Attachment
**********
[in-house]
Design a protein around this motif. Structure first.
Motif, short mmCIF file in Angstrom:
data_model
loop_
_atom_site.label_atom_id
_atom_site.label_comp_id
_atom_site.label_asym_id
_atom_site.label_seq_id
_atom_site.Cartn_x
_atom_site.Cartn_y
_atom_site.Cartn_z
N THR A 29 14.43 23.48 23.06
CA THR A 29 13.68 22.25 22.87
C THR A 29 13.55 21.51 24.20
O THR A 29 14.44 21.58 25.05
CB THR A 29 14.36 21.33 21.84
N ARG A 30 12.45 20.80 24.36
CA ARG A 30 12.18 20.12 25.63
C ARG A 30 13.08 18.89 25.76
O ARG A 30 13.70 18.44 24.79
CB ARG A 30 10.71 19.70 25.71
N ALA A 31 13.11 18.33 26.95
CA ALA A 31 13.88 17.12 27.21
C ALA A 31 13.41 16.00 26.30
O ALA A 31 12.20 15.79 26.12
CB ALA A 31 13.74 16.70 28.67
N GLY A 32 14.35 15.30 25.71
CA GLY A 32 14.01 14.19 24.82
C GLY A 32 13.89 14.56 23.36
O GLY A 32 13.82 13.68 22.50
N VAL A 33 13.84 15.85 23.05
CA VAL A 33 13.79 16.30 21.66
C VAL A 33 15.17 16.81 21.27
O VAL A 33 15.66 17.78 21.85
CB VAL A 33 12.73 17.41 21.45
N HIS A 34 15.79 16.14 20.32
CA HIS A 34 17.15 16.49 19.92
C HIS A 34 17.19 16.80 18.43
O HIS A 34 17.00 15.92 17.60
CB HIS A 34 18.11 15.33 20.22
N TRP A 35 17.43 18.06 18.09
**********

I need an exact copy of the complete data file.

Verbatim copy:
[in-house]
Design a protein around this motif. Structure first.
Motif, short mmCIF file in Angstrom:
data_model
loop_
_atom_site.label_atom_id
_atom_site.label_comp_id
_atom_site.label_asym_id
_atom_site.label_seq_id
_atom_site.Cartn_x
_atom_site.Cartn_y
_atom_site.Cartn_z
N THR A 29 14.43 23.48 23.06
CA THR A 29 13.68 22.25 22.87
C THR A 29 13.55 21.51 24.20
O THR A 29 14.44 21.58 25.05
CB THR A 29 14.36 21.33 21.84
N ARG A 30 12.45 20.80 24.36
CA ARG A 30 12.18 20.12 25.63
C ARG A 30 13.08 18.89 25.76
O ARG A 30 13.70 18.44 24.79
CB ARG A 30 10.71 19.70 25.71
N ALA A 31 13.11 18.33 26.95
CA ALA A 31 13.88 17.12 27.21
C ALA A 31 13.41 16.00 26.30
O ALA A 31 12.20 15.79 26.12
CB ALA A 31 13.74 16.70 28.67
N GLY A 32 14.35 15.30 25.71
CA GLY A 32 14.01 14.19 24.82
C GLY A 32 13.89 14.56 23.36
O GLY A 32 13.82 13.68 22.50
N VAL A 33 13.84 15.85 23.05
CA VAL A 33 13.79 16.30 21.66
C VAL A 33 15.17 16.81 21.27
O VAL A 33 15.66 17.78 21.85
CB VAL A 33 12.73 17.41 21.45
N HIS A 34 15.79 16.14 20.32
CA HIS A 34 17.15 16.49 19.92
C HIS A 34 17.19 16.80 18.43
O HIS A 34 17.00 15.92 17.60
CB HIS A 34 18.11 15.33 20.22
N TRP A 35 17.43 18.06 18.09